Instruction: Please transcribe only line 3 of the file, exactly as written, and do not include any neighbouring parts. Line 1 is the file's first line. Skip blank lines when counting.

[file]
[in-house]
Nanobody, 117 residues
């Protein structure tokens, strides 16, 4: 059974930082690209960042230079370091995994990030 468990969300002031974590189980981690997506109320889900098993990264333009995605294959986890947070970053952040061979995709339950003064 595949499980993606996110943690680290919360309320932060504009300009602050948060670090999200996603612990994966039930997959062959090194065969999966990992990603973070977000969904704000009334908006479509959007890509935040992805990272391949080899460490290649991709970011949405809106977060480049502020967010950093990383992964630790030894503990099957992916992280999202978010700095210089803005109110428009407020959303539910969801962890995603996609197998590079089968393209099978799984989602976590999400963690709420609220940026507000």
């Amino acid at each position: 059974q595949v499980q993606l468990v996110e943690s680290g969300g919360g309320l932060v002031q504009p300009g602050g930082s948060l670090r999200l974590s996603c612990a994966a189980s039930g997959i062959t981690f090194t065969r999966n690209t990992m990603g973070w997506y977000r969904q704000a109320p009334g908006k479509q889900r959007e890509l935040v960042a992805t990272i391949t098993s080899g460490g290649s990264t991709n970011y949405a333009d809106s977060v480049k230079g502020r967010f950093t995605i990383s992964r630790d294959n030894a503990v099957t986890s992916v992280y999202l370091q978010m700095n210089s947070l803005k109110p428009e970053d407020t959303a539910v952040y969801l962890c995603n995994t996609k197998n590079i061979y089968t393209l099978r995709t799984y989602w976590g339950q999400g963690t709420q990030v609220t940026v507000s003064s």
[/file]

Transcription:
């Protein structure tokens, strides 16, 4: 059974930082690209960042230079370091995994990030 468990969300002031974590189980981690997506109320889900098993990264333009995605294959986890947070970053952040061979995709339950003064 595949499980993606996110943690680290919360309320932060504009300009602050948060670090999200996603612990994966039930997959062959090194065969999966990992990603973070977000969904704000009334908006479509959007890509935040992805990272391949080899460490290649991709970011949405809106977060480049502020967010950093990383992964630790030894503990099957992916992280999202978010700095210089803005109110428009407020959303539910969801962890995603996609197998590079089968393209099978799984989602976590999400963690709420609220940026507000």